Whom Do You Endorse on Linkedin? Why?


LinkedIn now makes it very easy for users to endorse skills listed by their connections. Typically, as soon as you open your LinkedIn window, there it is...that box with four of your connections asking you to endorse them for specific skills.

LinkedIn makes it very easy to do so. Simply click Endorse all, and you have done just that. Then the box disappears and you can get back to your LinkedIn business. You may also choose to click on individuals if you do not want to endorse them all, and you can search for other endorsement suggestions.

So, here's the sticky point to consider:

While you likely want to support your connections, what does it say about you if you endorse someone for a skill you are not actually certain they possess?

Every endorsement you make of someone else is a reflection of you. While they may be taken less seriously than an official recommendation letter, they still represent you.

Consider that if you do not know first-hand whether someone is truly skilled in an area, providing them with an endorsement may actually be a breach of trust. It can potentially devalue your word and decrease the respect others have for you and your recommendations.

While many on LinkedIn approach endorsements as just a friendly way to lend support, consider that there may be ways to provide support to your connections and still resist the temptation to endorse someone for a skill you truly do not know that they possess.

Sharing their content is one  way to do this. Also, if you truly want to be able to endorse them, then perhaps it's time to setup a meeting so you can get to know first-hand what it is that they do and the ways they do it well.

So, the next time that endorsement box pops up, consider carefully whether the recommended endorsements are a true reflection of who and what you would want to recommend.

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I actually disagree with this strategy. Endorsements are for search engines, and not people.

LinkedIn is trying to get some ideas for its robots about what your profile actually is about.

When LinkedIn asks me whether I want to endorse X for attribute Y, I assume that X wants to known as knowing something about Y.

As long as I think the person is on the level, they get my "endorsement" - which means effectively that I think this person might know something about Y.

Good points in the article and Michael.

There are two things here:

1) One is questioning validity of attributes you are suggested to endorse.

2) Another is person might want to be known for certain attributes and skills.

In my mind, as long as the person has demonstrated success in other skill-sets, and have started to make some progress towards their new direction or skillsets or from their profile it seems they have potential to grow in that area - they are good to endorse.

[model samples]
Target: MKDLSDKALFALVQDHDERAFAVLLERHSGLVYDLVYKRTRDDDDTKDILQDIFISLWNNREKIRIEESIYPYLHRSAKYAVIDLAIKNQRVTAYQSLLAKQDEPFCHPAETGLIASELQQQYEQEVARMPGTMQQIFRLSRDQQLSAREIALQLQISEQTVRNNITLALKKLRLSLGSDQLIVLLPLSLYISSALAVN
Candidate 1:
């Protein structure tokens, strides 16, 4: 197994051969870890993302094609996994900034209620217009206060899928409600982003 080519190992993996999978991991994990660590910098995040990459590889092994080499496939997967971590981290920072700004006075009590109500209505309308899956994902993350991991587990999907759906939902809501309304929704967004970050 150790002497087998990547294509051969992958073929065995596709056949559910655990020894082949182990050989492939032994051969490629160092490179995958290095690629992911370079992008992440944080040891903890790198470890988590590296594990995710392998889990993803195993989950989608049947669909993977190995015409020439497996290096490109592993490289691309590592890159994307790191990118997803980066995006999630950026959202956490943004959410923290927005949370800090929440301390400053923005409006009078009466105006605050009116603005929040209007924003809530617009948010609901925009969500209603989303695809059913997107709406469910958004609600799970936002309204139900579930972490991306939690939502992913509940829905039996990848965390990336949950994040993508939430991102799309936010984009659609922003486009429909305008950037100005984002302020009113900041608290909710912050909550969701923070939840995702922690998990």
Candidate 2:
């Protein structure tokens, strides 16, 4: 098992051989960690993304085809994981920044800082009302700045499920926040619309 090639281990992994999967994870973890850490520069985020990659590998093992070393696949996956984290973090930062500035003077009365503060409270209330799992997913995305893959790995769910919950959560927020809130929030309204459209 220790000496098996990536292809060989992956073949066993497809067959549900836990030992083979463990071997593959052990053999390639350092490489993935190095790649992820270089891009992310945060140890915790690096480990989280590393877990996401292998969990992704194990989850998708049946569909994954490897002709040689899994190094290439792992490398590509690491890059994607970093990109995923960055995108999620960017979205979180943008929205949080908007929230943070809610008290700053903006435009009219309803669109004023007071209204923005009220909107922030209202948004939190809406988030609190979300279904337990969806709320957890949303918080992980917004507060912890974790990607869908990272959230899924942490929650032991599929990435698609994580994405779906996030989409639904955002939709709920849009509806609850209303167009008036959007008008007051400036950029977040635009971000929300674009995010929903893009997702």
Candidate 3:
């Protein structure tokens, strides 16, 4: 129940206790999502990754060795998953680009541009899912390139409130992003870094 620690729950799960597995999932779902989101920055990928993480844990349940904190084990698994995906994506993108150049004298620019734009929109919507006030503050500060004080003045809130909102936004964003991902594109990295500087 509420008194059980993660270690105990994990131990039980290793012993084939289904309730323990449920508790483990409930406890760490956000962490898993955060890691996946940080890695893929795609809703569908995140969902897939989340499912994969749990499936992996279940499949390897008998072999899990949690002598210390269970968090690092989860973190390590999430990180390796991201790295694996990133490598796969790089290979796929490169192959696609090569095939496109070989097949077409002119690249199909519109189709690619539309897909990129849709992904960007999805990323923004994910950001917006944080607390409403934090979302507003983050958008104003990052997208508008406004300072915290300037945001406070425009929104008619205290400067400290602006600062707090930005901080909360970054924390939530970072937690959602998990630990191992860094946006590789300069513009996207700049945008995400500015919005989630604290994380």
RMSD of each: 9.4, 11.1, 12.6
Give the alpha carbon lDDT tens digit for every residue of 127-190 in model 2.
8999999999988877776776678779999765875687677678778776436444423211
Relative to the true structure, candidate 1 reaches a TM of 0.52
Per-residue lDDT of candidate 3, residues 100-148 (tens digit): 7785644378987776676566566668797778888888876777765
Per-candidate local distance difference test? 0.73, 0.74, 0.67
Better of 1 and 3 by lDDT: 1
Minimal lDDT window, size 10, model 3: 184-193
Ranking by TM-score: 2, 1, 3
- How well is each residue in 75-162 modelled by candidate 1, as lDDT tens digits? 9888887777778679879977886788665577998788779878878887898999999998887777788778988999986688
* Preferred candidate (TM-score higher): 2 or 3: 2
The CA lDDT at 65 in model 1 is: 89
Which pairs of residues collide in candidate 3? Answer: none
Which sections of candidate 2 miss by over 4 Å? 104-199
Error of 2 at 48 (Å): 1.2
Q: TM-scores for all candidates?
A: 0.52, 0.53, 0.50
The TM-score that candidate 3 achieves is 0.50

Thanks for the comments, Michael and Himanshi. I love this dialogue, and it's definitely raised some new points to consider.

Personally, I have been endorsed by connections for skills I never listed myself and do not coincide with what I do. This would seem to indicate that LinkedIn is generating potential skills for people that they, themselves, have not listed. This defeats the theory that people want to be endorsed for those skills, and based on experience I can attest to the fact that it's not always the case.

The most important piece of this all to me, however, goes back to how I represent myself. I want my clients, my friends, my colleagues to be able to respect my word and take my recommendations to heart.

That is why, above all, that if you do get an endorsement from me, it's because you truly have earned it. :)

Frances writes: "That is why, above all, that if you do get an endorsement from me, it's because you truly have earned it. :)"

When I look at my LinkedIn profile, I am looking at mirror of what other people think I know something about.

What I am looking for are imbalances: what I think I am good at, compared to what the LinkedIn crowd thinks of me.

When I see some imbalance or mistmatch, it reminds me to demonstrate, usually with an article, my knowledge in the area.

That's a good point, Michael. Thanks for the contribution.

It's definitely important to recognize how others see you. In this case, however that makes the assumption that people actually do think when they endorse you and not just click "endorse all".

Hopefully more of us will do just that.

It is true that many people will have different "endorsement" strategies.

Mine is a bit different than most.

And I don't expect most to conform to it. Nor do I think they should.

What is important is that people understand the endorsements on LinkedIn are a sort of crowd sourced snapshot of what your first connections think of you, in general.

I like it when I get endorsed by someone who knows my work.

I like solid written recommendations by credible people even more.

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This page contains a single entry by Frances Leary published on February 27, 2014 2:45 PM.

Use LinkedIn Like an Expert was the previous entry in this blog.

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